Interplanting, Ancient Roots

November 26, 2009

INTERPLANTING IS ANCIENT. It predates agriculture. Interplanting even predates the dinosaur, going back to the first plants growing side-by-side on planet EARTH. Indeed, interplanting is a natural ecological phenomena, existing much like the stars in the night sky.

On farms and gardens, interplanting is sometimes called companion planting. Ancient farmers observed natural interplanting or companion planting in their fields, along with winds, rains, heat, cold, insects, solstices and lunar and planetary movements across the sky. Today, much of the natural interplants occurring in farm fields and gardens is derisively referred to as weed growth (though major crops like maize and wheat still contain the genes of weed ancestors). Indeed, it is a value judgment when native wildflowers like prairie sunflowers are labeled weeds and destroyed by cultivation or herbicides.

In the U.S. state of Tennessee in the 1930s, during America’s Great Depression, the insect factor in interplanting was first subjected to scientific experimentation by an entomologist named Marcovitch. Writing in a 1935 issue of the Journal of Economic Entomology, a still extant publication of the Entomological Society of America (ESA), Marcovitch traced his interest to experiment station reports by other entomologists. Much like the ancient farmers who based planting decisions on empirical and astronomical observations, an entomologist writing in 1906 “advocated for the control of the melon louse the planting of mustard or kale or rape around the melon field. The lady beetles would thus become plentiful after feeding on the cabbage aphids and be ready to attack the melon louse.”

Marcovitch’s penchant to begin the modern era of experimental companion planting was also inspired by a 1929 entomological report that woodlots fostered populations of aphid-eating syrphid flies that destroyed aphids in garden peas. In contrast, pea fields away from woodlots were devastated by aphids and sometimes yielded no crop. Figuring that aphid damage to vegetables was a consequence of an absence of biological control by aphid natural enemies, Marcovitch began a series of scientific interplanting experiments to boost natural biological control in crop fields.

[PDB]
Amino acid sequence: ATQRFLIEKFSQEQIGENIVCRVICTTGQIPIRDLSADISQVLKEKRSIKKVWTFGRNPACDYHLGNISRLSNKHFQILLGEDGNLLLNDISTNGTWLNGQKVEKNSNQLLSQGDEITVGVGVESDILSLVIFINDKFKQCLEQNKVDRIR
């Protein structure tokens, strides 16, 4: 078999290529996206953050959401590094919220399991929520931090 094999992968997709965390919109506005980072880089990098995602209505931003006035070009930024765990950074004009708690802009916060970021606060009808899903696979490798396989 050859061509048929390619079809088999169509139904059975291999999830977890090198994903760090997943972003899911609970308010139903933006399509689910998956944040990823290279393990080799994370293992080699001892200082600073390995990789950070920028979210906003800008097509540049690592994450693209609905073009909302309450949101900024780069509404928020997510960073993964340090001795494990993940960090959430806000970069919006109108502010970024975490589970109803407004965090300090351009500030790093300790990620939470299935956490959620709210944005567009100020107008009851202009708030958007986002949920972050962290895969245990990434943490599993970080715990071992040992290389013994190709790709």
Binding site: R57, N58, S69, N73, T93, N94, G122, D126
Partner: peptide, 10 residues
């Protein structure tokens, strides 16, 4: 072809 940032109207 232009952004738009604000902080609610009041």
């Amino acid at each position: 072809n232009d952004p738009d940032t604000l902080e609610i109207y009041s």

Tennessee turnip strips planted in March yielded aphid natural enemies like lady beetles and small parasitic wasps that migrated later into adjacent strips of peas, beans, corn, okra, cotton, cucumbers and watermelons. Aphid populations declined in the main crops, thanks to the adjacent natural enemy-laden turnip rows. In contrast, “control” watermelon plots lacking adjacent turnip rows to provide natural enemies were destroyed by aphids early in the season.

Since Marcovitch’s pioneering 1935 report in the Journal of Economic Entomology, books have been written on interplanting experiments to increase natural biological control in crops.


Wintergreen = Biocontrol Aromatherapy

September 18, 2009

WHEN ENTOMOLOGISTS hip to chemical ecology speak of HIPPOs, they mean HERBIVORE INDUCED PLANT PROTECTION ODORS, not the massive hippopotamus native to riverine Africa. At Washington State University (WSU), David James and his entomological colleagues have spent the last several years testing fragrant wintergreen oil, a common HIPPO produced by distressed plants, as a means to boost biological control of crop pests by natural enemies.

The same fragrant wintergreen oil (high in methyl salicylate) used in mints and mouthwashes can be formulated into slow-release dispensers to attract beneficial insects into crops in greater numbers earlier in the season than would otherwise be the case. The dispensers minimize environmental and worker health impacts and crop damage (phytotoxicity). Also, the dispensers can last 3-4 months, providing extended periods of natural enemy attraction. Sprays evaporate more quickly, potentially meaning more applications. Nevertheless, spray technologies are still very popular and 2% wintergreen oil in canola oil is being test sprayed worldwide in crops ranging from hops and cotton to soybeans, strawberries and sweet corn.

In their earliest hop yard and grape vineyard field tests, James and his coworkers found that wintergreen oil attracted significantly higher numbers of pest natural enemies like predatory green lacewings, minute pirate bugs (Orius spp.), spider mite-eating lady beetles (Stethorus spp.), and aphid-eating syrphid flies. By getting higher numbers of natural enemies into the fields earlier than might otherwise have been the case, pests like spider mites were kept under biological control all season long. Leafhopper numbers were also lower, leading James to suspect that parasitic wasp species attacking this pest were also boosted by wintergreen oil.